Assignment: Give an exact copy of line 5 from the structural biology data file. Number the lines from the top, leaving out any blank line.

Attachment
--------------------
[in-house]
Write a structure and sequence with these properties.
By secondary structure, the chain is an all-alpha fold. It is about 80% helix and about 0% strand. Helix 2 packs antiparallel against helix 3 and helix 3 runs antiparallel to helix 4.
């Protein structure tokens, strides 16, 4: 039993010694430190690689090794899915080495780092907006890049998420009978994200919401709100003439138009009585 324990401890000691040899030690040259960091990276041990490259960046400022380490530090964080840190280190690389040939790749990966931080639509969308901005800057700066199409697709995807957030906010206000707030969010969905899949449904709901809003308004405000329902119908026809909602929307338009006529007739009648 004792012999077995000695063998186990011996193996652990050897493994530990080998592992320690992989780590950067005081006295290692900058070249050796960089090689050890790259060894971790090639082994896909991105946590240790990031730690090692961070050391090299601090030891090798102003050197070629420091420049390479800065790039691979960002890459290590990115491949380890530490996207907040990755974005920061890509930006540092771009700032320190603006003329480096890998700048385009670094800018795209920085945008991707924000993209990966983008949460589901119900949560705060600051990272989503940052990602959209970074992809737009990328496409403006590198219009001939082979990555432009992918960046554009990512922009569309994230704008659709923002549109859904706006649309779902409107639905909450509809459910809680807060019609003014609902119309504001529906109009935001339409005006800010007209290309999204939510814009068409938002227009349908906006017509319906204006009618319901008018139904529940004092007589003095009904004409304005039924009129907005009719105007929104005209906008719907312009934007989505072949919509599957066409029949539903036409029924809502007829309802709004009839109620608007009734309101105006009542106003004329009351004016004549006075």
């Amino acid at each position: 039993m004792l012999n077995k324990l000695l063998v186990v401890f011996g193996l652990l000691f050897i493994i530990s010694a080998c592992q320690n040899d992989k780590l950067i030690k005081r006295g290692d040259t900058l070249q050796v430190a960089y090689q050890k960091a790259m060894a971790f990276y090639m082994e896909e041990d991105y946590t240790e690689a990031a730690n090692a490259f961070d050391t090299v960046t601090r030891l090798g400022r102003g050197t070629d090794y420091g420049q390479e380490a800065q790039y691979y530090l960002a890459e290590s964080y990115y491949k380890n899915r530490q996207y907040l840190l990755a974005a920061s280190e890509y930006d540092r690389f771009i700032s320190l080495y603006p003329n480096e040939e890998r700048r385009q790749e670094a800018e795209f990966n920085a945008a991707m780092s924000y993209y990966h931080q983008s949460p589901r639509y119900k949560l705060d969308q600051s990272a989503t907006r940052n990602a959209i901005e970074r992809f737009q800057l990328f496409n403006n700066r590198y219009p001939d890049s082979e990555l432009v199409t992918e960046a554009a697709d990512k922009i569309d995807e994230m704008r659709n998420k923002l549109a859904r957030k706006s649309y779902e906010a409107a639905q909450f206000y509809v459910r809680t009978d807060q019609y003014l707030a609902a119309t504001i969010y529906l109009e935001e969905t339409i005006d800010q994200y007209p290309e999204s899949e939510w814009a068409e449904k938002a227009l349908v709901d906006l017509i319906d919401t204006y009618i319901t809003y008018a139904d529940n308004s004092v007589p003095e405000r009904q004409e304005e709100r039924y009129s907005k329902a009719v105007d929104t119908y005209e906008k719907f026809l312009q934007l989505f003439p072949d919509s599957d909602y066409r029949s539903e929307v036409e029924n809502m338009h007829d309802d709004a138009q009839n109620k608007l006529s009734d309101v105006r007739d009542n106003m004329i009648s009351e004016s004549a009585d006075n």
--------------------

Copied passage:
């Amino acid at each position: 039993m004792l012999n077995k324990l000695l063998v186990v401890f011996g193996l652990l000691f050897i493994i530990s010694a080998c592992q320690n040899d992989k780590l950067i030690k005081r006295g290692d040259t900058l070249q050796v430190a960089y090689q050890k960091a790259m060894a971790f990276y090639m082994e896909e041990d991105y946590t240790e690689a990031a730690n090692a490259f961070d050391t090299v960046t601090r030891l090798g400022r102003g050197t070629d090794y420091g420049q390479e380490a800065q790039y691979y530090l960002a890459e290590s964080y990115y491949k380890n899915r530490q996207y907040l840190l990755a974005a920061s280190e890509y930006d540092r690389f771009i700032s320190l080495y603006p003329n480096e040939e890998r700048r385009q790749e670094a800018e795209f990966n920085a945008a991707m780092s924000y993209y990966h931080q983008s949460p589901r639509y119900k949560l705060d969308q600051s990272a989503t907006r940052n990602a959209i901005e970074r992809f737009q800057l990328f496409n403006n700066r590198y219009p001939d890049s082979e990555l432009v199409t992918e960046a554009a697709d990512k922009i569309d995807e994230m704008r659709n998420k923002l549109a859904r957030k706006s649309y779902e906010a409107a639905q909450f206000y509809v459910r809680t009978d807060q019609y003014l707030a609902a119309t504001i969010y529906l109009e935001e969905t339409i005006d800010q994200y007209p290309e999204s899949e939510w814009a068409e449904k938002a227009l349908v709901d906006l017509i319906d919401t204006y009618i319901t809003y008018a139904d529940n308004s004092v007589p003095e405000r009904q004409e304005e709100r039924y009129s907005k329902a009719v105007d929104t119908y005209e906008k719907f026809l312009q934007l989505f003439p072949d919509s599957d909602y066409r029949s539903e929307v036409e029924n809502m338009h007829d309802d709004a138009q009839n109620k608007l006529s009734d309101v105006r007739d009542n106003m004329i009648s009351e004016s004549a009585d006075n």